Prof Con Stough, Swinburne University of Technology
Human Psychopharmacology, http://www.swinburne.edu.au/chancellery/mediacentre/media-centre/news/2011/11/vitamin-b-reduces-work-stress
World’s rarest marsupial clambering back
A recent translocation of 12 Gilbert’s potoroos (Potorous gilbertii) is helping save a species once thought to be extinct and revealing some surprise findings. The Gilbert’s potoroo is a critically endangered Australian native animal and the world’s rarest marsupial—existing only in pockets of WA’s south coast.
Dr Tony Friend, principal research scientist, WA Department of Environment and Conservation
The rules of social interaction
Sydney researchers have investigated the rules underlying how big groups of animals move in a coordinated fashion. They found that each fish in a shoal uses very simple rules to respond to its neighbours.
Mr James Herbert-Read, Dr Tim Schaerf and A/Prof Ashley Ward, School of Biological Sciences, University of Sydney
Proceedings of the National Academy of Sciences, http://sydney.edu.au/news/84.html?newscategoryid=2&newsstoryid=8145
Coral reefs can increase and decrease seawater acidity
Two papers recently published provide the first look at how the ocean acidification threat to coral reefs varies with reef type.
Dr Ken Anthony, Research Team Leader – Climate Change and Ocean Acidification, AIMS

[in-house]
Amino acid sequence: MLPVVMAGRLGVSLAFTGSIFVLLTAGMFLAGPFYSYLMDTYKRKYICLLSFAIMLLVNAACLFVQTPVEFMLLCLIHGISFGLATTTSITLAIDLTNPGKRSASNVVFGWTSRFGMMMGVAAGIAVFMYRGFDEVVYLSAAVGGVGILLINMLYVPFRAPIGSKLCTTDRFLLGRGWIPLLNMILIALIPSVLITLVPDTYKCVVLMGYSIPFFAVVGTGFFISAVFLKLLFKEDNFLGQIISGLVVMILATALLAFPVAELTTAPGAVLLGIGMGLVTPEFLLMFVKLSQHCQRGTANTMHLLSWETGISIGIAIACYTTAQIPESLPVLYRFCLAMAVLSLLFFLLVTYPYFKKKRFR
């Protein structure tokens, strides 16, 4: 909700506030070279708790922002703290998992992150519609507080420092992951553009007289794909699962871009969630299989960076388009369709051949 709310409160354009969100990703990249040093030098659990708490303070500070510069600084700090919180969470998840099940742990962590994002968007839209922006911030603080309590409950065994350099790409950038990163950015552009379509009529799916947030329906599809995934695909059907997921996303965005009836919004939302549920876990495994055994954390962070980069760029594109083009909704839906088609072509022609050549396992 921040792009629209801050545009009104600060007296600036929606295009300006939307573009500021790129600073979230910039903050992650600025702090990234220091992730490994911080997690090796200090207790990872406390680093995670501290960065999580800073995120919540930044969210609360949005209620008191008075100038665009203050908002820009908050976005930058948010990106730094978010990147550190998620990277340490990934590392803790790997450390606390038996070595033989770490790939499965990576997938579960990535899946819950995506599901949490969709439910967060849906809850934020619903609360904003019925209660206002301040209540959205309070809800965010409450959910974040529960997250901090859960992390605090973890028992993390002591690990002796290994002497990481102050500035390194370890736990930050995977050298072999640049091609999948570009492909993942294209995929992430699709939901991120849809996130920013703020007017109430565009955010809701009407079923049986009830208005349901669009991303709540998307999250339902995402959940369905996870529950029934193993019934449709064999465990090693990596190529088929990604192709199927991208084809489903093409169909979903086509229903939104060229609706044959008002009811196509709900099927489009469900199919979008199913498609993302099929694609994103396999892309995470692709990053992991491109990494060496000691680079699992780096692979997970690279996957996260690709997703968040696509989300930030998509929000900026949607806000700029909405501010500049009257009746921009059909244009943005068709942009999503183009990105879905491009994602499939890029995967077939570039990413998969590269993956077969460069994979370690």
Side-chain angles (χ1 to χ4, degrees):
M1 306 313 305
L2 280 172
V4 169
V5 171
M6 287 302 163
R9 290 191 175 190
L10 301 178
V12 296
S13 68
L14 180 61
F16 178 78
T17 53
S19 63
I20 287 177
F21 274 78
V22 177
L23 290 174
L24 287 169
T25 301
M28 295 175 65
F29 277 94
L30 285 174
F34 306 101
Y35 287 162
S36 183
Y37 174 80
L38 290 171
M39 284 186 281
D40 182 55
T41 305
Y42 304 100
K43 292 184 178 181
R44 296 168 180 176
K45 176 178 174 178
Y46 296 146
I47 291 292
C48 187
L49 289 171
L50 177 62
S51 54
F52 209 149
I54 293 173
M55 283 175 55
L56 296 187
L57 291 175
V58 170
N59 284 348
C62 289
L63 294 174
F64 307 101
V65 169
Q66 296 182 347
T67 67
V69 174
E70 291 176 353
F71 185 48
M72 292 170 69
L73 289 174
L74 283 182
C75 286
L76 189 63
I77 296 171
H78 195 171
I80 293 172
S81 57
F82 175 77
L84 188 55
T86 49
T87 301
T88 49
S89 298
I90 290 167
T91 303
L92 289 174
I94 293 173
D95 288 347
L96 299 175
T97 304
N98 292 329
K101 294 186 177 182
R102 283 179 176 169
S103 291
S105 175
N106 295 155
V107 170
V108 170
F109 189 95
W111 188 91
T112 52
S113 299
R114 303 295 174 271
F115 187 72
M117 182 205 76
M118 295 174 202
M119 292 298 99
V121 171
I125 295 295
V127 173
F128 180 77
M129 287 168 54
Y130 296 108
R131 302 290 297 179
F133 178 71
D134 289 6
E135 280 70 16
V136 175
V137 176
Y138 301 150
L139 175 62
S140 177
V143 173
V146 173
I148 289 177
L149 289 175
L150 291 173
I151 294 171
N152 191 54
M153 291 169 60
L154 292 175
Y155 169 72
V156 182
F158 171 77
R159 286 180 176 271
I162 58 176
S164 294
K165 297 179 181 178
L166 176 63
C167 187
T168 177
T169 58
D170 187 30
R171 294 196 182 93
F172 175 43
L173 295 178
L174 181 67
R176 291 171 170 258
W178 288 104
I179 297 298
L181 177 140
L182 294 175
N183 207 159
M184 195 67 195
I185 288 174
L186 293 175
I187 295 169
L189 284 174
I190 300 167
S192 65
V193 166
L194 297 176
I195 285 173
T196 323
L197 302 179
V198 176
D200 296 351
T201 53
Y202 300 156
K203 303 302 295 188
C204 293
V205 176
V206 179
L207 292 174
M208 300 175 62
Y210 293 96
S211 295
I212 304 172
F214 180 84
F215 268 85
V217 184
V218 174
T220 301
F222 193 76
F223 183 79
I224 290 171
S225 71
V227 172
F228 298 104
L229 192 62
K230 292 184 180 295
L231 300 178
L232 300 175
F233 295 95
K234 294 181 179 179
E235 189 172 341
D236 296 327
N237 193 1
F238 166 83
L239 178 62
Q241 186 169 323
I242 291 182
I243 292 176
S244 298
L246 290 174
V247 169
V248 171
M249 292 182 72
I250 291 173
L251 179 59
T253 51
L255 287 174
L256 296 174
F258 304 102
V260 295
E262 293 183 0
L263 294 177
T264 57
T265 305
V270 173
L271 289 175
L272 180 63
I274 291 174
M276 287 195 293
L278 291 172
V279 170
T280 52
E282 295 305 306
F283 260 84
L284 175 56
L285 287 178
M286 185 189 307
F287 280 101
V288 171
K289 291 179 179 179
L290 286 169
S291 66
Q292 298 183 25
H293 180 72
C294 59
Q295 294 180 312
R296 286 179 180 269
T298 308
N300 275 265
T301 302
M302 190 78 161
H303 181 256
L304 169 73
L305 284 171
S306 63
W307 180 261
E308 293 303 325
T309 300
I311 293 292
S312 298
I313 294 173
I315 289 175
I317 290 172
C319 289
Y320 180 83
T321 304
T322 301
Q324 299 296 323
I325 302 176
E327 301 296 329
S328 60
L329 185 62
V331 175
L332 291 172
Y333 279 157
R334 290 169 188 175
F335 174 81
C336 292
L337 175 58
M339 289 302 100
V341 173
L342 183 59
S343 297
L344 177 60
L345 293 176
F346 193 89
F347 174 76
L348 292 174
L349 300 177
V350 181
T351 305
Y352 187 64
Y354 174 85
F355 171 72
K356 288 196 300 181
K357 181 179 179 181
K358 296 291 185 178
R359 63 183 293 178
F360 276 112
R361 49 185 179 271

Global Change Biology, http://www.aims.gov.au/latest-news/-/asset_publisher/MlU7/content/9-november-2011-increased-acidity-not-an-even-test-for-coral-reefs
Auditing the Earth’s sea-level and energy budgets
Scientists have accounted for all the contributions to global sea-level rise in a study that balances the sea-level rise ‘budget’ and explains the observed rise over recent decades. The researchers also reviewed the related Earth’s energy budget – confirming that 90% of the energy stored in the climate system resides in the ocean and this warming drives one component of sea-level rise.
Dr John Church, Dr Neil White, Wealth from Oceans Flagship, CSIRO
Geophysical Research Letters, http://www.csiro.au/news/Sea-level-and-energy-budgets.html
Corals thriving in muddy waters
Kimberley coral reefs are thriving in turbid inter-tidal conditions and defying conventional scientific understandings that corals need clear oceanic waters to survive.
Dr Barry Wilson, marine biologist
Journal of the Royal Society of Western Australia, http://www.sciencewa.net.au/3712-talbot-bay-coral-discovery-defies-conventional-belief.html
Shark Bay stromatolites at risk from climate change
Climate change resulting in more frequent flooding of the Wooramel River that leads into Shark Bay is threatening the unique ‘living rock fossils’ that make Shark Bay a World Heritage site. These stromatolites – rocky structures formed over millennia by blue-green algae or cyanobacteria in which a new kind of chlorophyll has been found – thrive in Shark Bay’s Hamelin Pool, where an unusual undersea landscape has created an environment twice as saline as normal seawater.
Emeritus Prof Diana Walker, Oceans Institute, UWA